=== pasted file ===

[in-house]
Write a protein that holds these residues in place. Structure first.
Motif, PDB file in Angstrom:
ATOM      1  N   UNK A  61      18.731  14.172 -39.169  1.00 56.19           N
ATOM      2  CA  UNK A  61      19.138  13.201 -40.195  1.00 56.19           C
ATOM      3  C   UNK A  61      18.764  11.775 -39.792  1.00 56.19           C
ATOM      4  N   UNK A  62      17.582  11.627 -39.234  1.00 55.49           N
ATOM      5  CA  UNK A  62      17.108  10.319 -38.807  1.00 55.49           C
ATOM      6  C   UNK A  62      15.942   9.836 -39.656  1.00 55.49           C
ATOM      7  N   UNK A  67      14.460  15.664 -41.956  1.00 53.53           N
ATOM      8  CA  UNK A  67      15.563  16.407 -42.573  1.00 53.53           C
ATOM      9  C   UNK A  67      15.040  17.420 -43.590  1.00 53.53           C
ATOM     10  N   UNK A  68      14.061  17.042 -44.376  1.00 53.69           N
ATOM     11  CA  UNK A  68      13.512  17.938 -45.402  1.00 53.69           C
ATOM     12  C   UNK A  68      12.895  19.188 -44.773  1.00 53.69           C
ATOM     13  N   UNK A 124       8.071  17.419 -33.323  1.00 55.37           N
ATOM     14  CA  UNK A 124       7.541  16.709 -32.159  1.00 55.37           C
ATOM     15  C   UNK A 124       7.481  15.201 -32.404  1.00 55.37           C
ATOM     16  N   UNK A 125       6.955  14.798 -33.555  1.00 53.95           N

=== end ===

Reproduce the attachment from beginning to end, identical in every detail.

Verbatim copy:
[in-house]
Write a protein that holds these residues in place. Structure first.
Motif, PDB file in Angstrom:
ATOM      1  N   UNK A  61      18.731  14.172 -39.169  1.00 56.19           N
ATOM      2  CA  UNK A  61      19.138  13.201 -40.195  1.00 56.19           C
ATOM      3  C   UNK A  61      18.764  11.775 -39.792  1.00 56.19           C
ATOM      4  N   UNK A  62      17.582  11.627 -39.234  1.00 55.49           N
ATOM      5  CA  UNK A  62      17.108  10.319 -38.807  1.00 55.49           C
ATOM      6  C   UNK A  62      15.942   9.836 -39.656  1.00 55.49           C
ATOM      7  N   UNK A  67      14.460  15.664 -41.956  1.00 53.53           N
ATOM      8  CA  UNK A  67      15.563  16.407 -42.573  1.00 53.53           C
ATOM      9  C   UNK A  67      15.040  17.420 -43.590  1.00 53.53           C
ATOM     10  N   UNK A  68      14.061  17.042 -44.376  1.00 53.69           N
ATOM     11  CA  UNK A  68      13.512  17.938 -45.402  1.00 53.69           C
ATOM     12  C   UNK A  68      12.895  19.188 -44.773  1.00 53.69           C
ATOM     13  N   UNK A 124       8.071  17.419 -33.323  1.00 55.37           N
ATOM     14  CA  UNK A 124       7.541  16.709 -32.159  1.00 55.37           C
ATOM     15  C   UNK A 124       7.481  15.201 -32.404  1.00 55.37           C
ATOM     16  N   UNK A 125       6.955  14.798 -33.555  1.00 53.95           N